Photo: Rich Roll
Skeptical of the purported health benefits of a vegan diet? You may have a right to be: while there’s some evidence to suggest that going vegan can help improve your heart health, it might not necessarily help you lose weight, nor will it automatically make you healthier. But if you are considering going vegan, Rich Roll’s mind-boggling athletic feats might have you trading in burgers for leafy greens.
Last September, the 51-year-old ultra-endurance athlete and best-selling author ran 40 miles and swam six miles over 26 islands of the Stockholm Archipelago off Sweden as part of the grueling Ötillö Swimrun World Championship, as reported by the New York Times.
“You’re either freezing in this incredibly chilly water or your falling down in rocks in these woods,” Roll told MensHealth.com about the event. “It’s probably the hardest one-day thing that I’ve ever done in my life. It proved to me that at 50, I could still go out and compete at a high level.” It’s no wonder why his podcast, The Rich Roll Show, has more than 30 million downloads.
Following the recent release of the updated edition of Roll’s best-selling memoir, Finding Ultra, MensHealth.com caught up with the man who is arguably the world’s fittest vegan alive.
You endured a rough patch in your life, which paved the way for you to become vegan shortly thereafter. Can you take us through that time and that decision?
Absolutely. During my 20s and the first part of my 30s, I was sort of a lost soul, struggling with alcoholism, drug addiction and it really took me to a very dark place. But I was lucky enough to get sober at 31. I spent 100 days at a treatment facility in Oregon.
In the wake of that experience, I threw myself back into my professional life very determined to repair all the wreckage that I had created. I destroyed so many relationships over the years. My ambition was to get back on track and align myself with this American dream that had been the driving force in my entire life. I was able to do that, but ultimately, I was very much a workaholic trying to become this partner at a prestigious law firm and doing the 80-hour work week thing.
By the time I was 39, I was a junk food addict, 50 pounds (23kg) overweight, and really just the classic couch potato. At the same time, I was becoming progressively disillusioned with this myth of the American dream because I had sort of achieved that. I was living in a really nice house, I had a Porsche in the driveway, I was building a family. From the outside looking in, it looked like I had everything. But from the inside, I was suffocating. I was so discontent with my professional choices. It was like, “Who am I? What am I here to do?”
Shortly before I turned 40, I had this moment on the staircase walking up to my bedroom one evening. I was so lethargic and unwell that I had to pause halfway up the stairs. I had tightness in my chest, labored breathing and sweat on my brow. I really feared that I was on the precipice of a significant heart attack. That really shook me out of my denial about how I was living. I made a very concrete decision in that moment that I was going to change my priorities. That’s how I set in motion this exploration of food and nutrition and ultimately after that, fitness and human potential.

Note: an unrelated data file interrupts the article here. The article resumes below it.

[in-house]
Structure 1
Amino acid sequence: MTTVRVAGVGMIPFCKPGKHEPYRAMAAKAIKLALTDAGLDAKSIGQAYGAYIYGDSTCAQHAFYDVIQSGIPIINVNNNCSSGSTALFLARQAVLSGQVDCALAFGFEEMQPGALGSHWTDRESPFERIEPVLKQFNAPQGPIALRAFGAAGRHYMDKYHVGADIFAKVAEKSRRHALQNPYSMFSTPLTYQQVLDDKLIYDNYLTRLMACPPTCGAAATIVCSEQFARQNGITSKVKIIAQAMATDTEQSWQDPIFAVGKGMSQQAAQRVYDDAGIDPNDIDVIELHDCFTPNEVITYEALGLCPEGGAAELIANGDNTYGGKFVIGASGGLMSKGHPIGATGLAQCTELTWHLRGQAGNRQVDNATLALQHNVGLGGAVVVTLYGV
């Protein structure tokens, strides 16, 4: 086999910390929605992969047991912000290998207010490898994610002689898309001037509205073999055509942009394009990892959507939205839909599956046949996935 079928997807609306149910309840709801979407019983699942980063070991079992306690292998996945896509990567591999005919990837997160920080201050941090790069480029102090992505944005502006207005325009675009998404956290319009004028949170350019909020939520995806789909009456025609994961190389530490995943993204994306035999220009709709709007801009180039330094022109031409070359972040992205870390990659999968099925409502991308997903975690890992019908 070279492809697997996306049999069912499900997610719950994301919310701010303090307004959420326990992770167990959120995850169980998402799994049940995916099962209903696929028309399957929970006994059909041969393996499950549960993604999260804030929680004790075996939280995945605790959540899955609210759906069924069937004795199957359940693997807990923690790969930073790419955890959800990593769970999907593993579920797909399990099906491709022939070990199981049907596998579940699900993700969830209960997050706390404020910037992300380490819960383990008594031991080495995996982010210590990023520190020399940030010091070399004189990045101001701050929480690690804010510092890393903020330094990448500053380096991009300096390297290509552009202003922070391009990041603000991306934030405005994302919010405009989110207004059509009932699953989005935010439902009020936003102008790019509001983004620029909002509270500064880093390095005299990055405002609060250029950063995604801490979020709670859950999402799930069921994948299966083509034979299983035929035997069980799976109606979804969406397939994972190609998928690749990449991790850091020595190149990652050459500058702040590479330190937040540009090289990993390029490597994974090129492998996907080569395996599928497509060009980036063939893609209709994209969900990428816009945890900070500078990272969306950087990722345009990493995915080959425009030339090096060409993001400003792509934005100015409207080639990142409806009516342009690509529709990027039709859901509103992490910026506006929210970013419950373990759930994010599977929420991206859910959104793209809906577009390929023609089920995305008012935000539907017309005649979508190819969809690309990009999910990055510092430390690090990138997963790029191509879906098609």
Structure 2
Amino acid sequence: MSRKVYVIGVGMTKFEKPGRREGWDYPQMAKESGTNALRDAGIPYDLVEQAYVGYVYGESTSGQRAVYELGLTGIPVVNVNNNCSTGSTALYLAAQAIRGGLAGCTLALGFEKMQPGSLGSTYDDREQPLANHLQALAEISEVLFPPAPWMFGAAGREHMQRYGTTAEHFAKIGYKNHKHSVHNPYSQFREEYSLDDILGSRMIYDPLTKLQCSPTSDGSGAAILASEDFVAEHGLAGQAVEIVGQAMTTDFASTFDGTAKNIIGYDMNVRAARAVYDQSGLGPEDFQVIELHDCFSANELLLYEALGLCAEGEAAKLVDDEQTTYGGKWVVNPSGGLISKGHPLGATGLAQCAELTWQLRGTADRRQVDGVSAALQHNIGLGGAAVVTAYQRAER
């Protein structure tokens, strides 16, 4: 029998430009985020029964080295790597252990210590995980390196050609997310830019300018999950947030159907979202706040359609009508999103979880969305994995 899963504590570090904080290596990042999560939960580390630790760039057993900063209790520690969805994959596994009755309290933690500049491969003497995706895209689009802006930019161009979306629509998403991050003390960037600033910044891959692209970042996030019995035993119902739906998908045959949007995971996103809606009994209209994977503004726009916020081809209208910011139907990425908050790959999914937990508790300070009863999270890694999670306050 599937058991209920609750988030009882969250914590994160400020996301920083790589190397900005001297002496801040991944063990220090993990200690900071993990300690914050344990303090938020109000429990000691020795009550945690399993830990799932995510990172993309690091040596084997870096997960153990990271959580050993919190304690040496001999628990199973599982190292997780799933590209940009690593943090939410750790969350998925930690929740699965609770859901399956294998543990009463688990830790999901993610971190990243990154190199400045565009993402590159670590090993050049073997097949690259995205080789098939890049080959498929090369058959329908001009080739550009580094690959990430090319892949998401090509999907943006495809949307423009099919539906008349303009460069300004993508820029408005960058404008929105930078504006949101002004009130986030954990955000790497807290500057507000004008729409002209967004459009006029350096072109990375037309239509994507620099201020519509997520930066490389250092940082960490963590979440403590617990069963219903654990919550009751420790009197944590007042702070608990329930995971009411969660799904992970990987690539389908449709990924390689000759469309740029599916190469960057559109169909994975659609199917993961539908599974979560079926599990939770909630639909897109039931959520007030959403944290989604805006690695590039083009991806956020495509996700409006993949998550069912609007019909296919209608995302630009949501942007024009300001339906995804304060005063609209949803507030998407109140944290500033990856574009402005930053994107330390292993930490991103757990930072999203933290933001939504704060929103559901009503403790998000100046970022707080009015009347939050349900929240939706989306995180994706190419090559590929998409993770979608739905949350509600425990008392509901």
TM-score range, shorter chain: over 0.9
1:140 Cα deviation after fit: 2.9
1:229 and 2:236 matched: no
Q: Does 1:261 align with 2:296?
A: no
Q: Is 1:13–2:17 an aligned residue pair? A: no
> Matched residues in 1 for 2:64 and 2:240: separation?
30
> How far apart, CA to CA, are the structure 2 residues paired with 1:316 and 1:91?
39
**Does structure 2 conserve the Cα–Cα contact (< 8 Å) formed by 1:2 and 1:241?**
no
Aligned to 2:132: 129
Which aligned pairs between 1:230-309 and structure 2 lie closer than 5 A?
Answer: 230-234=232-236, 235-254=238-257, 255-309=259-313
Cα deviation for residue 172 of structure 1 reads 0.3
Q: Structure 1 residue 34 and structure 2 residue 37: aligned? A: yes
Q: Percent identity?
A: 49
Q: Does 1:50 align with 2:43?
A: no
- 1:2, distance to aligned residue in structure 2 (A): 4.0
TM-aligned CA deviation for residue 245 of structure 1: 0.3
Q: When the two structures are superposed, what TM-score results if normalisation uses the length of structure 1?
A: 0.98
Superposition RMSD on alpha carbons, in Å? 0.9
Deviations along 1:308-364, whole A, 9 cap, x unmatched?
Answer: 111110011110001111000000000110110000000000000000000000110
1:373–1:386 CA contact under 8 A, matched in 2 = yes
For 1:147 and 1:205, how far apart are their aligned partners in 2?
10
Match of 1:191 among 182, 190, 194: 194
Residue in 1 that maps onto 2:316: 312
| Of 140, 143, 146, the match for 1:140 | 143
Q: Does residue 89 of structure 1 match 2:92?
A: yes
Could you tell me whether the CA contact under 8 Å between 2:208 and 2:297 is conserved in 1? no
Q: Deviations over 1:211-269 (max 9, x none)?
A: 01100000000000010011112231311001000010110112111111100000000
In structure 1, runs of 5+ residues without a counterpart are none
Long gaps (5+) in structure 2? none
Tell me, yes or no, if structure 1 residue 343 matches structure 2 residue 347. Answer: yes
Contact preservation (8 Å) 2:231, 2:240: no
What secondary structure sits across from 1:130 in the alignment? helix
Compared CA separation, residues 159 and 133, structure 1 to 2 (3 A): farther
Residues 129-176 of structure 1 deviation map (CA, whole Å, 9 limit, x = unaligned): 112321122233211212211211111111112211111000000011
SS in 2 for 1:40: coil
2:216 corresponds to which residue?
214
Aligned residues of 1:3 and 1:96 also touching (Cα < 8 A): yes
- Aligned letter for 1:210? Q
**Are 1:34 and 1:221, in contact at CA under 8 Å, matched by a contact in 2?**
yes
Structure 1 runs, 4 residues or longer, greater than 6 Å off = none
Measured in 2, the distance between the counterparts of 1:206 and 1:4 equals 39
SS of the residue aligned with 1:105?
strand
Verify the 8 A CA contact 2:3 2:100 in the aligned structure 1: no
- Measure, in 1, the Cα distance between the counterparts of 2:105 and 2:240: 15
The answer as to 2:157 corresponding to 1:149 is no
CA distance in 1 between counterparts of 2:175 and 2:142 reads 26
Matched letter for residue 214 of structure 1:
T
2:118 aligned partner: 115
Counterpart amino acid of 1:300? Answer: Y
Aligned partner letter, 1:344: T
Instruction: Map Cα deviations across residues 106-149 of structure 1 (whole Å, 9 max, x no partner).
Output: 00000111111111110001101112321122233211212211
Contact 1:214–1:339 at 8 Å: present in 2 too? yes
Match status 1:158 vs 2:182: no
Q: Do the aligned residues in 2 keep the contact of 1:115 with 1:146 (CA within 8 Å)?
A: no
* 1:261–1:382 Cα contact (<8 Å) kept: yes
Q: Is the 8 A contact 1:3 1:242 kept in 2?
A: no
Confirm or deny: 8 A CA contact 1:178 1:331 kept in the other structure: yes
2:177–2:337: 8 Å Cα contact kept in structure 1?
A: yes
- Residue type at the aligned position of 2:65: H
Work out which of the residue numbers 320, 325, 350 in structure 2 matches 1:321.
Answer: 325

How did the early stages of that exploration begin?
It started with a seven-day fruit and vegetable juice cleanse, which ultimately led me to eating a plant-based diet, which revitalised me in a very profound way. That’s what guided me into the world of ultra-endurance, because it’s this amazing, perfect template for exploring your potential — not just physically, but mentally, emotionally, spiritually.
People tend to think vegans don’t get enough protein. What’s your food intake like while preparing for ultra-endurance events to make sure you’re sufficiently powered?
I would generally start the day with a green smoothie with dark leafy greens: kale, spinach, chard. Beets became a go-to for me. They’re an amazing endurance booster, so beets, beet greens will always make their way into my morning smoothie. Also, lots of berries: blackberries and blueberries. And then some of the more exotic superfoods like matcha, chia seeds, ground flaxseed, spirulina. The smoothie is really kind of centerpiece. In terms of meals, lots of rice and beans, veggie burritos, gigantic salads with lots of vegetables, steamed broccoli, and then eating a heavier dinner.
What’s your workout routine?
For a long period of time it was swim, bike, run and some yoga and stretching. That was all I had time for. I got four kids and I’m doing a lot of things. But as I’m getting older, being in the gym and maintaining my strength has become much more of a priority specifically in the past year. I’m a firm believer in stretching. Maintaining a strong core is super important. Yes, I do sit-ups, but I do lots of planks, pushups, inverted sit-ups to strengthen my lower back, lots of squats, including air squats, kettlebell work, medicine ball work, lunges. And then, I do some really basic weight work. I like to do low weight, high rep stuff on all the basics: bench press, floor exercises, sled work for the quads and all the typical stuff you’d do in the gym.
You may very well be the world’s most fittest vegan.
That’s a heavy title. I’m not so sure I could claim that crown and one of the reasons for that is we’re seeing the explosion of vegan athletes right now. Everybody from Kyrie Irving to [Boston Bruins defenseman] Zdeno Chara, [Oakland Raiders wide receiver] Griff Whalen. For me, that’s exciting.
By Mark Lelinwalla